• Having regard to FIG. 5, it may be seen that the optical dose counter 16 includes a light transmitter 22 housed within the housing 3 on one side of the actuator 4, and a light receiver 23, housed within the housing 3 on the opposite side of the actuator 4.
  • The light transmitter 22 is adapted to constantly transmit a beam of infrared light 24, which disperses outwardly from the point of transmission, as shown. An alternative arrangement may be to have the light transmitter 22 transmit a strobe.
  • The outwardly dispersing nature of the beam of light 24, occurs naturally, but this may also be accentuated by diffraction caused by the beam of light 24 passing through the outside of the actuator 4.
  • The light transmitter 22 may preferably transmit a continuous beam of light 24. The light receiver 23 is constantly monitoring receipt of the beam of light 24 from the light transmitter 22. In a preferred embodiment, the light receiver may take a reading of the beam of light 24 approximately 30 times per second. Alternatively, other reading times may be utilised so long as the readings are frequent enough to detect movement of the canister 5 during the dispensing of a dose of medicament—the movement time of the canister (or dispensing time) is typically around 100 milliseconds.
  • When the canister 5 is in the rest position, as shown in FIG. 5, the canister 5 remains immobile within the actuator 4. The characteristics (such as intensity and direction) of the beam of light 24, as it passes through the actuator 4, are therefore not affected in any significant way. The light receiver 23 constantly monitors this.
  • However, when a dose of medicament is dispensed by the canister 5, as shown in FIG. 6, the movement of the canister 5 within the actuator 4 has the effect of changing the characteristics of the beam of light 24, and this is noted by the light receiver 23—and hence the optical dose counter 16 is thus able to determine that a dose has been dispensed.
  • The optical dose counter 16 is electronically connected to the electronic control module 11 (see FIG. 10), so that data relating to the dispensing of doses by the optical dose counter 16 may be communicated to the electronic control module 11, where it may be stored in memory, and also have other patient usage data associated with it, for example, date and time.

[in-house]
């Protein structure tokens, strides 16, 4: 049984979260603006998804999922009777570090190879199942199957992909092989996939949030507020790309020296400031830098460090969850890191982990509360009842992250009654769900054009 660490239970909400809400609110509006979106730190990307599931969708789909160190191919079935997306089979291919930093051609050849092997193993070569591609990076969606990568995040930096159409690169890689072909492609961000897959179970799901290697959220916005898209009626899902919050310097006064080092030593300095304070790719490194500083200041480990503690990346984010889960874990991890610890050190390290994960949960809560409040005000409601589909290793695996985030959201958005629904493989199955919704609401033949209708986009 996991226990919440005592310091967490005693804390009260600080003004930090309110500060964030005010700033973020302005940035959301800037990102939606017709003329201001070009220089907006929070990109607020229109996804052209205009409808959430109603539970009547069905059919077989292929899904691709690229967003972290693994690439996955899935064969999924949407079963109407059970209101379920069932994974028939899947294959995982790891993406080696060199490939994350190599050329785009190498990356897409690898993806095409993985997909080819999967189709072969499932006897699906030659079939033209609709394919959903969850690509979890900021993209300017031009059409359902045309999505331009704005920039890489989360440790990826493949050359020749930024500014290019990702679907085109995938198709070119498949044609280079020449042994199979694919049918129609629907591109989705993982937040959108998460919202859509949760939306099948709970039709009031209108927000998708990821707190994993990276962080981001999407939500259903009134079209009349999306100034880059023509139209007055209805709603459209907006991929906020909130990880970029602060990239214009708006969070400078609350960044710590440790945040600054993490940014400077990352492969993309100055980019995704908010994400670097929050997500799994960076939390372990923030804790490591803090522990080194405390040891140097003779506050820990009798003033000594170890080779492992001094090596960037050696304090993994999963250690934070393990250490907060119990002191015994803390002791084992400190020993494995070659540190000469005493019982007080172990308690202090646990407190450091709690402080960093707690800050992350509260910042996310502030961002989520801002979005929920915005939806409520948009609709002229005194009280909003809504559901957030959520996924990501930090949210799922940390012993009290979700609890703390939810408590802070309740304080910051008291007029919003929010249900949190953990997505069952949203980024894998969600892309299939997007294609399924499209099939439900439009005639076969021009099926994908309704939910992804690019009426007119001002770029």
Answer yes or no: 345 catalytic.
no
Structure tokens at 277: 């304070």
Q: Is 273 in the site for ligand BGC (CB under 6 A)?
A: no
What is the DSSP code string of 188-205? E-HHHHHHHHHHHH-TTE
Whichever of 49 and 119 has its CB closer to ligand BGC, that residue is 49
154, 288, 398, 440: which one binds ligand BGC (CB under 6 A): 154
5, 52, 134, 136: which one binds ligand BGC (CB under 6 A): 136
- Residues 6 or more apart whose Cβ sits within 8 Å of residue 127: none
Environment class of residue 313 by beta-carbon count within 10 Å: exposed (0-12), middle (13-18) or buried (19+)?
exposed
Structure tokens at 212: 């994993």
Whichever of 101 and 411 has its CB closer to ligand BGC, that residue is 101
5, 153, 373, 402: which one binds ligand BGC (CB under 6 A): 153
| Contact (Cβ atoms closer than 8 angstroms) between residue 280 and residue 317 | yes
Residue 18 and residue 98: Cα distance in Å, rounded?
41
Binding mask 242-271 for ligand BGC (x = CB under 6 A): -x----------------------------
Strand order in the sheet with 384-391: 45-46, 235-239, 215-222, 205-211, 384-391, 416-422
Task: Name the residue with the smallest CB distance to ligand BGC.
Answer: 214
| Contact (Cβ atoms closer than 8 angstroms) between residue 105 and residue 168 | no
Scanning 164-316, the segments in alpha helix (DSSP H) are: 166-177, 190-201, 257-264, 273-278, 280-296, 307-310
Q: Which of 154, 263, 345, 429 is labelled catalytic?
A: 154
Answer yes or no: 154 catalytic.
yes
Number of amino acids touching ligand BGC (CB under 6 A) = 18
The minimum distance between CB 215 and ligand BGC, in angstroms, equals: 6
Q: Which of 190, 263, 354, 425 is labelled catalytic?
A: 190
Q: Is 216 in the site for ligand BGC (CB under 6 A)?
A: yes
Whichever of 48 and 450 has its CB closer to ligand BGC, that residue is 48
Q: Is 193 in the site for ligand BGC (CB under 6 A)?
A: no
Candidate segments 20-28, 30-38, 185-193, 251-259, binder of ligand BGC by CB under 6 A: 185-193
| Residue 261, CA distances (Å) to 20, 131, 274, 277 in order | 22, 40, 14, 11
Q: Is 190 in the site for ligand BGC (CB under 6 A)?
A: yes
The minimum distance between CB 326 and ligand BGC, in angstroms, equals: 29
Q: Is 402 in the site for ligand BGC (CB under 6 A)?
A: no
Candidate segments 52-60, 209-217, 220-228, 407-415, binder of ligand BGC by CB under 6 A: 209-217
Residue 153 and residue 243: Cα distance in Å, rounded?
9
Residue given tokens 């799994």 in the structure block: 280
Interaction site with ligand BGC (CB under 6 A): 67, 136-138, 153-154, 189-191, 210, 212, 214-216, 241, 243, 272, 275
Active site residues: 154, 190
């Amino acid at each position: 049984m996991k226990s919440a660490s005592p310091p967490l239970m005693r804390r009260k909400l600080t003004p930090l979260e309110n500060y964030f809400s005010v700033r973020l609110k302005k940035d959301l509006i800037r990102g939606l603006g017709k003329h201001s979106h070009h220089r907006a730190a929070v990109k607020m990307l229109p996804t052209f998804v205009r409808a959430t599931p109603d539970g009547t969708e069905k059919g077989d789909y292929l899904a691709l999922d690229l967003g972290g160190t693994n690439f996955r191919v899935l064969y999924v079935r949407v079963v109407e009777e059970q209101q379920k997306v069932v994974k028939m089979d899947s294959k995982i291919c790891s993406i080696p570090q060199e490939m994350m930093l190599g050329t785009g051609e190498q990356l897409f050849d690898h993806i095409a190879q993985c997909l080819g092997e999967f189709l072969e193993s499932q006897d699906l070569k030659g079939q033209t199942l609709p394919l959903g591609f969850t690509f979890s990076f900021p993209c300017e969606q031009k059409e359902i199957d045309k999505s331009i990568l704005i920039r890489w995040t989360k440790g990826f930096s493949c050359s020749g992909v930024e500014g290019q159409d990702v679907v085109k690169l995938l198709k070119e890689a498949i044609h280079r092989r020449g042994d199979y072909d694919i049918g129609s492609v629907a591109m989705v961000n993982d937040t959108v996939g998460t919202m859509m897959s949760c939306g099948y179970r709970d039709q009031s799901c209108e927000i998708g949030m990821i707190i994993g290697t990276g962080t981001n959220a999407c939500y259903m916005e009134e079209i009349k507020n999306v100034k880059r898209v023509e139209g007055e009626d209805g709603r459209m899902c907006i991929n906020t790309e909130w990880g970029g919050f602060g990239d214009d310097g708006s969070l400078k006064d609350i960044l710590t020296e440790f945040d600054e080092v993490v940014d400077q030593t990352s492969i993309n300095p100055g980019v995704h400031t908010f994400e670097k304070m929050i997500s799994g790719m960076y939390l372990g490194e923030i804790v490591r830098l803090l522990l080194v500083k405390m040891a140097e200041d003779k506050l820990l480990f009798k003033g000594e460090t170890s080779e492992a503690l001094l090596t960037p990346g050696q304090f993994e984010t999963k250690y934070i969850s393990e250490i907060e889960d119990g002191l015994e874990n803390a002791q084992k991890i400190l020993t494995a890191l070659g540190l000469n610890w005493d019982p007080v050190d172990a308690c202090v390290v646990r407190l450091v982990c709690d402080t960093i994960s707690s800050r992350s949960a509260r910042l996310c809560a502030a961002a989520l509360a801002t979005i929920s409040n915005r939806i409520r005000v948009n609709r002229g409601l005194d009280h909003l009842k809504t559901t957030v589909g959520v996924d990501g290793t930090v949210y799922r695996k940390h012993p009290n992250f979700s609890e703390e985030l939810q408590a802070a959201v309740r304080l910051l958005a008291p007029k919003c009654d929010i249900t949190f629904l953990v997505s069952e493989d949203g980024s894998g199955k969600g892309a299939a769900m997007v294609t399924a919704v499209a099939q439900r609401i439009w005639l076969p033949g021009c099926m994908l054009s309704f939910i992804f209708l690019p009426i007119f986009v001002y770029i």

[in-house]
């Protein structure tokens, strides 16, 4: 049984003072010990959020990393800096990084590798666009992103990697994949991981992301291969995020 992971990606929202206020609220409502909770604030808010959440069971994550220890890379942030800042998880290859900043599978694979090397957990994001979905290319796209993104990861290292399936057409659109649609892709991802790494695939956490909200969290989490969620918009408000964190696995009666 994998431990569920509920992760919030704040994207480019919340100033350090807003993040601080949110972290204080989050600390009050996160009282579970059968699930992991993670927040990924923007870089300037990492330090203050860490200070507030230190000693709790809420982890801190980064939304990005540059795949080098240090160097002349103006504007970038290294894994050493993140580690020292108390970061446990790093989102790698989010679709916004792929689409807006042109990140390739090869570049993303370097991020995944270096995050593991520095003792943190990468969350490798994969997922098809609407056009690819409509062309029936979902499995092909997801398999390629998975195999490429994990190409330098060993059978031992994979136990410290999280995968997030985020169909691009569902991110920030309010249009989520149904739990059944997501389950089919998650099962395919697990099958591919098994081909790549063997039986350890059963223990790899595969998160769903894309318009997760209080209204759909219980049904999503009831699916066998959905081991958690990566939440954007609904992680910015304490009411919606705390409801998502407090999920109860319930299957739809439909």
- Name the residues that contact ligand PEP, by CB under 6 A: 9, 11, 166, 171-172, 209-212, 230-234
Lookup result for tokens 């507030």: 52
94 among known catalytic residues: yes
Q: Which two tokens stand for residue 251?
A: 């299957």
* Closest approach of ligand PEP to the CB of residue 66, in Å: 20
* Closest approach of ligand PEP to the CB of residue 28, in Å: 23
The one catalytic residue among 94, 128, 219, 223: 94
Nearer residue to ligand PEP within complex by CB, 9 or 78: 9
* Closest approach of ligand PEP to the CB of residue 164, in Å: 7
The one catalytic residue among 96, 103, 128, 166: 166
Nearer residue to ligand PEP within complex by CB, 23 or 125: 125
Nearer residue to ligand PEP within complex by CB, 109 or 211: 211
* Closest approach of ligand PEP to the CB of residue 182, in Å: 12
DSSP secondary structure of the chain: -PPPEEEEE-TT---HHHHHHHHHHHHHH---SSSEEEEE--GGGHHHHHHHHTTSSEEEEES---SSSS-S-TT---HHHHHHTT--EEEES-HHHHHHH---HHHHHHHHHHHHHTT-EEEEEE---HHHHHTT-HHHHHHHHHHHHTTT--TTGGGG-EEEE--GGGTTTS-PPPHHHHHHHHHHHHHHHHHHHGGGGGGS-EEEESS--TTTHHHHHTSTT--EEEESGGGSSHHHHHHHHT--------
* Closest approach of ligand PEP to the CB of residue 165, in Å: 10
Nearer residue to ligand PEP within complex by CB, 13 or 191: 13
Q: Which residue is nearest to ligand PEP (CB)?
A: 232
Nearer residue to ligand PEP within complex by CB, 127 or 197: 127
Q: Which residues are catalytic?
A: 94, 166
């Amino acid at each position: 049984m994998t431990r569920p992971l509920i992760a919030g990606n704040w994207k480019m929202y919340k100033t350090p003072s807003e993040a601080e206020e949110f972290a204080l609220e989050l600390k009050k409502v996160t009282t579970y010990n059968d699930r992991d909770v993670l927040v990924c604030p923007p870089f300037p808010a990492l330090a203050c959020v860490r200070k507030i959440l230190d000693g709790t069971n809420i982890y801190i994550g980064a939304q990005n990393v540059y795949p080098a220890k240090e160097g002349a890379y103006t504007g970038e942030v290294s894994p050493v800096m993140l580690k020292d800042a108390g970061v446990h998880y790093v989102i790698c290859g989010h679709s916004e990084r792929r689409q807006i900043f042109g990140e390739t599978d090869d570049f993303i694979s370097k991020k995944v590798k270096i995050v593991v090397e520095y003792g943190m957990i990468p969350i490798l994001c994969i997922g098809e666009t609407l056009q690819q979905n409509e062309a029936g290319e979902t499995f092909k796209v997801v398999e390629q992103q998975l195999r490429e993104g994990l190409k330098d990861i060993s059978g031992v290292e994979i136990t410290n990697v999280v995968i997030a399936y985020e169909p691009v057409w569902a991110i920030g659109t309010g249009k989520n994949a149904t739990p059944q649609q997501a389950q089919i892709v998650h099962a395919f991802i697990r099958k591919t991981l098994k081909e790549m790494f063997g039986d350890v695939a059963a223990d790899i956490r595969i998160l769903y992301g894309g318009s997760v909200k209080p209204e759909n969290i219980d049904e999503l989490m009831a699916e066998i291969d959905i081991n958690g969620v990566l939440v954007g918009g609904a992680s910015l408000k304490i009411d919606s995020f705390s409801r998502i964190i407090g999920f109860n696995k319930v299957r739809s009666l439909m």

• It may be seen from FIGS. 5 and 6 that the optical dose counter 16 is able to determine when a dose of medicament has been dispensed without impacting in any way whatsoever on the operation of the inhaler 2 or on the medicament delivery channel (namely the inside of the actuator 4 and mouthpiece 17). This is because the optical dose counter 16 is housed within, and operable from, a position outside of the actuator 4. Furthermore, the use of light to record the dispensing of a dose is non-intrusive, and does not involve or require any physical connection whatsoever with the moving parts 4 (canister 5 and spray stem 20) within the actuator 4 during the dispensing of a dose. This is a significant advantage of the present invention over and above the prior art devices referred to previously.
  • The electronic control module 11 is represented in the simplified system block diagram of FIG. 10.
  • The electronic control module 11 includes a central processor/controller unit 25. The processor/controller unit 25 is adapted to control and manage the overall operation of the device 1, as well as being responsible for processing or performing operations on the data.
  • For example, the electronic control module may be able to monitor and/or record the date/time of events such as the opening and/or closing of the hinged portion 7 of the housing 3; the replacement of the battery; when any alarm notifications were made and whether the patient received them or responded to them; when a canister has been removed and/or replaced, and so on.
  • The electronic control module 11 is in electronic communication with the optical dose counter 16, as shown in FIG. 10.
  • The electronic control module 11 includes a real time clock, which is able to note the date and time of each dose of medicament dispensed by the inhaler 2. Furthermore, the time may be displayed on the LCD display 15, if required.
  • The electronic control module 11 includes a power management system 27. The power management system 27 includes a battery (not shown), and may also include warning features whereby if the battery is getting low, the patient maybe alerted to this. The battery may be a replaceable battery or a rechargeable battery.
  • The electronic control module 11 includes a memory 28 for storing patient usage data, or any other data relating to the use of the device 1. The memory, for example, may be RAM and/or ROM.
  • The electronic control module 11 includes a notification means which includes an audio/visual output 29. The audio output is in the form of a small speaker (not shown) and the visual output is in the form of a second small LCD screen (also not shown).